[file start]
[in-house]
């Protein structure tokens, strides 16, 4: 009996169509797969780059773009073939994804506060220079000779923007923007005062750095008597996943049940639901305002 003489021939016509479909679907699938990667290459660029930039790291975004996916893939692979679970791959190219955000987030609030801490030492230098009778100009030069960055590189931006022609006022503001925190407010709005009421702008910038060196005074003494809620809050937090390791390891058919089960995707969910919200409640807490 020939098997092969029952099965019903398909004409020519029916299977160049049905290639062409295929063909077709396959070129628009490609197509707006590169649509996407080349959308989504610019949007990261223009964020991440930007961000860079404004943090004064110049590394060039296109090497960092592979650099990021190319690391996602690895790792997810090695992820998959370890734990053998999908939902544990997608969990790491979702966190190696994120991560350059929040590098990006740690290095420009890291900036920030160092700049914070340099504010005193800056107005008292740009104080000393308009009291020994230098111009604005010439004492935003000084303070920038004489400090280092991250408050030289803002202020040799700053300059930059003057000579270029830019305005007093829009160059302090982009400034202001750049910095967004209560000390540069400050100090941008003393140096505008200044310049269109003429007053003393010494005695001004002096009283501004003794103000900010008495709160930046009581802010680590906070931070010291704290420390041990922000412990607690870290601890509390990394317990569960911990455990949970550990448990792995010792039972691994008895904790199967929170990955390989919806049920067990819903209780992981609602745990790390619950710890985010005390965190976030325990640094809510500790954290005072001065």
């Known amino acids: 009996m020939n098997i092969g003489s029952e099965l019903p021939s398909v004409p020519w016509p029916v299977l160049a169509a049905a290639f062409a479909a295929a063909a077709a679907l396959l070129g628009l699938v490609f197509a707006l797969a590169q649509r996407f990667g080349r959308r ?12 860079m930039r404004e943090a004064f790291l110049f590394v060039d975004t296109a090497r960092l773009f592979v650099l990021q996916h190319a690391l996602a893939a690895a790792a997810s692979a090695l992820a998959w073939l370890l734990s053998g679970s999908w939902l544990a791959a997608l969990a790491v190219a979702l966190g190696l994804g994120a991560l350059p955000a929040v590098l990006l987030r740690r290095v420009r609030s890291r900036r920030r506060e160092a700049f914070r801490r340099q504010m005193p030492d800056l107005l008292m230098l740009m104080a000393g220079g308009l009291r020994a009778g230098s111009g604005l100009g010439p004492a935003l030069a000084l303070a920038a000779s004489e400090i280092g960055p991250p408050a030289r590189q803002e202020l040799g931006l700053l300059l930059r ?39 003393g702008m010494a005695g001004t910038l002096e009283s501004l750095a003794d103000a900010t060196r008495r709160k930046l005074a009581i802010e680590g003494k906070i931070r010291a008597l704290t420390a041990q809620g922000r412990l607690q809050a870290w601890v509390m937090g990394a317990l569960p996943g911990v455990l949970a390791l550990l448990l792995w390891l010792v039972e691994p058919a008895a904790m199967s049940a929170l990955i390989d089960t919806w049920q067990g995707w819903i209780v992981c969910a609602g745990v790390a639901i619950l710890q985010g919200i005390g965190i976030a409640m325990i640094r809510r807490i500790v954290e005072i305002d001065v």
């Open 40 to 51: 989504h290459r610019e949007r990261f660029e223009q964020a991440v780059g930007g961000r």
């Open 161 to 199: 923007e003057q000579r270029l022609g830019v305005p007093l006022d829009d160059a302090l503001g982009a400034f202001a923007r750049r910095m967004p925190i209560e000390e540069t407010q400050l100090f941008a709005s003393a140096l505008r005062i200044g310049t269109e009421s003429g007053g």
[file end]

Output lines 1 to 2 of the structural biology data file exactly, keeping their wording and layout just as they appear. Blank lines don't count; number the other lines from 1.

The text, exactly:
[in-house]
């Protein structure tokens, strides 16, 4: 009996169509797969780059773009073939994804506060220079000779923007923007005062750095008597996943049940639901305002 003489021939016509479909679907699938990667290459660029930039790291975004996916893939692979679970791959190219955000987030609030801490030492230098009778100009030069960055590189931006022609006022503001925190407010709005009421702008910038060196005074003494809620809050937090390791390891058919089960995707969910919200409640807490 020939098997092969029952099965019903398909004409020519029916299977160049049905290639062409295929063909077709396959070129628009490609197509707006590169649509996407080349959308989504610019949007990261223009964020991440930007961000860079404004943090004064110049590394060039296109090497960092592979650099990021190319690391996602690895790792997810090695992820998959370890734990053998999908939902544990997608969990790491979702966190190696994120991560350059929040590098990006740690290095420009890291900036920030160092700049914070340099504010005193800056107005008292740009104080000393308009009291020994230098111009604005010439004492935003000084303070920038004489400090280092991250408050030289803002202020040799700053300059930059003057000579270029830019305005007093829009160059302090982009400034202001750049910095967004209560000390540069400050100090941008003393140096505008200044310049269109003429007053003393010494005695001004002096009283501004003794103000900010008495709160930046009581802010680590906070931070010291704290420390041990922000412990607690870290601890509390990394317990569960911990455990949970550990448990792995010792039972691994008895904790199967929170990955390989919806049920067990819903209780992981609602745990790390619950710890985010005390965190976030325990640094809510500790954290005072001065």